Apart from that there are of course the usual activities like graffiti and antifascist demonstrations. However, we know a problem of the local antifa movement also from home. Especially in the rural areas, but also here in the capital of the island, the mostly young activists are not regarded as locals. Family ties still play a very strong role in the province. There it is not so much about a political attitude, but about personal conflicts. In addition, many of the villagers are armed and would also use these weapons, as could be observed in the recent uprisings against the newly planned closed camps. We have also heard from refugees that they protect each other and that this is of course an issue with them. Even the term antifa is familiar to many and has positive connotations. It is therefore a pity that we have not seen an organized joint struggle between Refugees and Antifa so far. In general, it will unfortunately be difficult for the local anti-fascist scene to reverse the political discourse on the island, because the right-wingers with their blockades and their anti-NGO attitude have found socially accepted forms of action and the antifascists now have to find an answer to this without getting stuck on the defensive.
What is the cooperation with NGOs and the inhabitants of the island?
Some of our local contacts work in the NGOs. The relationship is generally divided. There are residents who say that the NGOs would not improve the situation. It sounds to us like the accusation of misery administration. Of course many people on the island are frustrated and feel left alone. You always have to look at the whole situation against the background of a German-European austerity dictate for years. But none of this is an excuse for racist attacks. Nor is it an excuse for declaring NGO employees the target of violence.
On the other hand, there is of course also an emancipatory criticism of NGOs. But this is very constructive. On the one hand, there is internal networking of NGO workers, for example about working conditions within the NGO. The working conditions can also be harshly exploitative, fixed-term contracts, worse wages for Greek workers compared to Central Europeans. This network has fallen somewhat asleep due to current events. But people are now active on other levels, for example in organising demonstrations. On the other hand, there are also numerous solidarity projects on the ground, which do not necessarily have to have an NGO character. But in between there are often mixed forms. In the long term, however, we believe that we cannot avoid fighting together. With all the shitty things that the local people have to go through here, however, we have to look very carefully to see whether tourism has really collapsed and whether it is really due to the refugees that this is so. Yesterday we got figures on this, which we will have to look at first, if we can find a quiet minute here at all.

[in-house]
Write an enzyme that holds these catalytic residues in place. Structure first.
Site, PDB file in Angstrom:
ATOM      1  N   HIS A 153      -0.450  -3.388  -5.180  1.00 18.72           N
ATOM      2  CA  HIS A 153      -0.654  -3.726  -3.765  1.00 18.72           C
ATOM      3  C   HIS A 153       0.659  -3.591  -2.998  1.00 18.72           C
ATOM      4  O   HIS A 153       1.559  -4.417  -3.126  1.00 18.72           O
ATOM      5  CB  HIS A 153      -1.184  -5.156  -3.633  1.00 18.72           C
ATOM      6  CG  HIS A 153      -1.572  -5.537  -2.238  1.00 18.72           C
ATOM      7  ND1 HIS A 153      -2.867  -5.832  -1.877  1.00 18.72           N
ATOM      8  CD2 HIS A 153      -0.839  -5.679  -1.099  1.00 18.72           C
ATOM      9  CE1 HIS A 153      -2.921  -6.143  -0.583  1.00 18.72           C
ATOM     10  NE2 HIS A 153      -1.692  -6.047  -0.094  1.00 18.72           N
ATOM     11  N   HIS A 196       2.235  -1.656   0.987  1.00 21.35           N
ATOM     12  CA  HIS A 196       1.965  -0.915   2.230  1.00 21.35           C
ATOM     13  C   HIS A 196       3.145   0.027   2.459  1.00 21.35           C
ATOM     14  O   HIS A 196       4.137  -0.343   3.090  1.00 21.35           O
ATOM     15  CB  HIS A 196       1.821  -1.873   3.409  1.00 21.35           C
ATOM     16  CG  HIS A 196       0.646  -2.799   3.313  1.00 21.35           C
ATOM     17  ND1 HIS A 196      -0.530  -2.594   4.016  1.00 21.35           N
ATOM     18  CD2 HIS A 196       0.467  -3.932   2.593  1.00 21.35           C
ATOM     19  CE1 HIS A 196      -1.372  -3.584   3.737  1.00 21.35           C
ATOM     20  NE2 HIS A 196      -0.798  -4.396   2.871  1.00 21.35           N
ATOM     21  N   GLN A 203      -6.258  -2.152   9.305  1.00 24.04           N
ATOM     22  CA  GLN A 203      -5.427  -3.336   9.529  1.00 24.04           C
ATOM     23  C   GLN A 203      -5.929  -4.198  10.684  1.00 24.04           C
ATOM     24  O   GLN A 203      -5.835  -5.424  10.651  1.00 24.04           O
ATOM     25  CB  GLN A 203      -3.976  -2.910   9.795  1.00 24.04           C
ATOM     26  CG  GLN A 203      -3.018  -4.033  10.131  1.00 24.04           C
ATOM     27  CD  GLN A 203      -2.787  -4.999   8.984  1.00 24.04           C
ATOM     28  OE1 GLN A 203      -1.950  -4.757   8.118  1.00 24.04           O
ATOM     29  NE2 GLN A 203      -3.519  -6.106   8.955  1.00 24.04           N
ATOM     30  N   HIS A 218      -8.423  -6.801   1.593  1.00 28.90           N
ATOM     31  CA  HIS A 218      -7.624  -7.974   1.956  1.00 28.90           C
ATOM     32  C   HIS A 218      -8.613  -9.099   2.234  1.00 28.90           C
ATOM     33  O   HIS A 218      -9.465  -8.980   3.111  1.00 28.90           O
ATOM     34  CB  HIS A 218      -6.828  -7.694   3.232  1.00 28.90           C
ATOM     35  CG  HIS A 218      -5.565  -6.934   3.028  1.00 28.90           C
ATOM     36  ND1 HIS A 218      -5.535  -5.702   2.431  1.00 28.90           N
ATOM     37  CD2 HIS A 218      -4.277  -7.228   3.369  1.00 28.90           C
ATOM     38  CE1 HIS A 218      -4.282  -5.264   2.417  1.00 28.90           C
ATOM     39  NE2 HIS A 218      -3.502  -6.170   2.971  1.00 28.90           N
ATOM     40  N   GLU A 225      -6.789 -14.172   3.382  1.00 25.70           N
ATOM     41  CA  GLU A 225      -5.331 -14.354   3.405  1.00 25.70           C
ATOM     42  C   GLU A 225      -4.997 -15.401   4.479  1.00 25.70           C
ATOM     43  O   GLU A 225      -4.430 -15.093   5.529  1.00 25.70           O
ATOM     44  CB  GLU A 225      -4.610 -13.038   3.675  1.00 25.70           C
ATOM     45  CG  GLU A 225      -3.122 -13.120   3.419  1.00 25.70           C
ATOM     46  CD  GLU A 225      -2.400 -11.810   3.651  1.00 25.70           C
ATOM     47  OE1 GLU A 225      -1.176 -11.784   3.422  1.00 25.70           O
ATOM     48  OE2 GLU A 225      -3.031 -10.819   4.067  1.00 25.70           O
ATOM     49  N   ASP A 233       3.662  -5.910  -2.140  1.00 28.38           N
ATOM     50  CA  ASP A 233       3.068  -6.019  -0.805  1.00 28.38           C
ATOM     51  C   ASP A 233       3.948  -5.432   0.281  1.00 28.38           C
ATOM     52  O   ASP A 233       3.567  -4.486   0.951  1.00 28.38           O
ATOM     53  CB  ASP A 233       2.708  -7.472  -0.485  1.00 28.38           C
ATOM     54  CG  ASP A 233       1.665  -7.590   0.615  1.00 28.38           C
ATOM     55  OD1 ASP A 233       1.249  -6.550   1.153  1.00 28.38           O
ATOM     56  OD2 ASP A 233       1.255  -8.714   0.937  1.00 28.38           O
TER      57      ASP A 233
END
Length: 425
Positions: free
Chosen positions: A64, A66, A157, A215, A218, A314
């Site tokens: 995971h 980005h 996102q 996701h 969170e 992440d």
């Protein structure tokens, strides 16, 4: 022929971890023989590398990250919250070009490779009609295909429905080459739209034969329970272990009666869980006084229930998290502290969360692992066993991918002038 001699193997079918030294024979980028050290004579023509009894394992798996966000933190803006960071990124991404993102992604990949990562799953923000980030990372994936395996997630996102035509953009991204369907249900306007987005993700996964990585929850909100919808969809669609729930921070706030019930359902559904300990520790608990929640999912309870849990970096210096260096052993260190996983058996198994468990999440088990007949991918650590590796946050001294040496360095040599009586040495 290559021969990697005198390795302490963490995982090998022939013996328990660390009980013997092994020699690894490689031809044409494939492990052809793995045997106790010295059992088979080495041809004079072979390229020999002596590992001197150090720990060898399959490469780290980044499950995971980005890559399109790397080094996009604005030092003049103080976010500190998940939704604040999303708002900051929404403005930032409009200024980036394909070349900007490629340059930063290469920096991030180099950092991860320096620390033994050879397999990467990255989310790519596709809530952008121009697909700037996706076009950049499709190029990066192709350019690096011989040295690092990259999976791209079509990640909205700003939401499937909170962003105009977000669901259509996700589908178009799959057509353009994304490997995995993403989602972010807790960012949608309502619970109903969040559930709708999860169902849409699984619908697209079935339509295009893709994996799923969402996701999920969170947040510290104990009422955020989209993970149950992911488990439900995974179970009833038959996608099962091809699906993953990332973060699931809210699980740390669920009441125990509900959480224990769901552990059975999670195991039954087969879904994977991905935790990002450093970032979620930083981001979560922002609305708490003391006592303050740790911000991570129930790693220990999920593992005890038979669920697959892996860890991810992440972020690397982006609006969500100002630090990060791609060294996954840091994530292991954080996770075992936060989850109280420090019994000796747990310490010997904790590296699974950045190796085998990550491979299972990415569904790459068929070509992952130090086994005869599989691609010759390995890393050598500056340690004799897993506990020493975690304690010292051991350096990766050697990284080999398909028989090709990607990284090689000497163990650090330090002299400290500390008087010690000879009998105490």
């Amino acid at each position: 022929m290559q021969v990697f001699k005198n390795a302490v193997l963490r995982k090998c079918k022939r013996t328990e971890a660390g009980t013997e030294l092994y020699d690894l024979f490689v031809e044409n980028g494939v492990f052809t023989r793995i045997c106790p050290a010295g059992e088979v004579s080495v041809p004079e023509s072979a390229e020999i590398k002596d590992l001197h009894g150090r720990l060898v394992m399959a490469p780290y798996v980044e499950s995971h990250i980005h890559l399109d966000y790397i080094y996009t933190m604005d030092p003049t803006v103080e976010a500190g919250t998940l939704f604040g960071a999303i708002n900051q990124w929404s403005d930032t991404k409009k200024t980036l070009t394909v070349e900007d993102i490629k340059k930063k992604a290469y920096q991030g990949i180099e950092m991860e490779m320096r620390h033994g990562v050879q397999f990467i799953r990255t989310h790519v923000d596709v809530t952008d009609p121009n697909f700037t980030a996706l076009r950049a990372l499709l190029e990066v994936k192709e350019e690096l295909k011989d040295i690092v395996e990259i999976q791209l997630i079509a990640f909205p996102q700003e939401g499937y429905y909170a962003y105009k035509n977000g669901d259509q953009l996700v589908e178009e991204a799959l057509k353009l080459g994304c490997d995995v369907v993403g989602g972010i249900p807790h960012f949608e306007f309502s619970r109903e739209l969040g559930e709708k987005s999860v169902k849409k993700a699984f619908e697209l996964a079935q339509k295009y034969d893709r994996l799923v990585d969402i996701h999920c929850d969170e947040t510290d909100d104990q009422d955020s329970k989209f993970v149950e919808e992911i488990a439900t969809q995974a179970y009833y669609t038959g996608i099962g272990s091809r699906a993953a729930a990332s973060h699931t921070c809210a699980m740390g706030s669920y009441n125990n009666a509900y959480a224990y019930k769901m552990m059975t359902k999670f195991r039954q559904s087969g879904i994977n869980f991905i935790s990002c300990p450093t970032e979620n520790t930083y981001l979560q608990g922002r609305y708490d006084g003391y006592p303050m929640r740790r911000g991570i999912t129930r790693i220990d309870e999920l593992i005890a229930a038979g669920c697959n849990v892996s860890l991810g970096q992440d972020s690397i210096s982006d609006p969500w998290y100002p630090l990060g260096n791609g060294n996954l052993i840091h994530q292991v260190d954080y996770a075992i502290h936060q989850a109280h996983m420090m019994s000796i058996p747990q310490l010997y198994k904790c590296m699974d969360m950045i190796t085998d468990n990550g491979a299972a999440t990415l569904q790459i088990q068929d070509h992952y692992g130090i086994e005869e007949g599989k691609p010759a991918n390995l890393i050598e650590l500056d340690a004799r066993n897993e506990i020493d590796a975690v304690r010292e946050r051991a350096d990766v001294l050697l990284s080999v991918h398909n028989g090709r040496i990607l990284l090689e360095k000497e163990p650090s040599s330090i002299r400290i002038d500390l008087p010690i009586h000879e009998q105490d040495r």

There is also a kind of NGO business from which many people on the island benefit. Taxis are used more, hotel rooms are rented out to NGOs, shops make better sales or have restructured their range of products to a cheaper price range in order to meet the demand of the refugees. We still have to talk to people a lot to be able to make really well-founded statements. It is important for us to demystify all the statements and to obtain reliable facts.
It is not possible for all activists to provide practical support on the ground. What do you think is a meaningful help for the people on Lesbos that we can also provide from elsewhere?
The most sensible thing would be if people in the rich countries of Europe would organize themselves and put massive pressure on these countries to finally accept people from the camps who are looking for protection. That will not be easy, because there are hardly any people among them who have not suffered trauma and health problems. But any person who still thinks that the European idea of human rights is more than just a hollow phrase should act decisively now.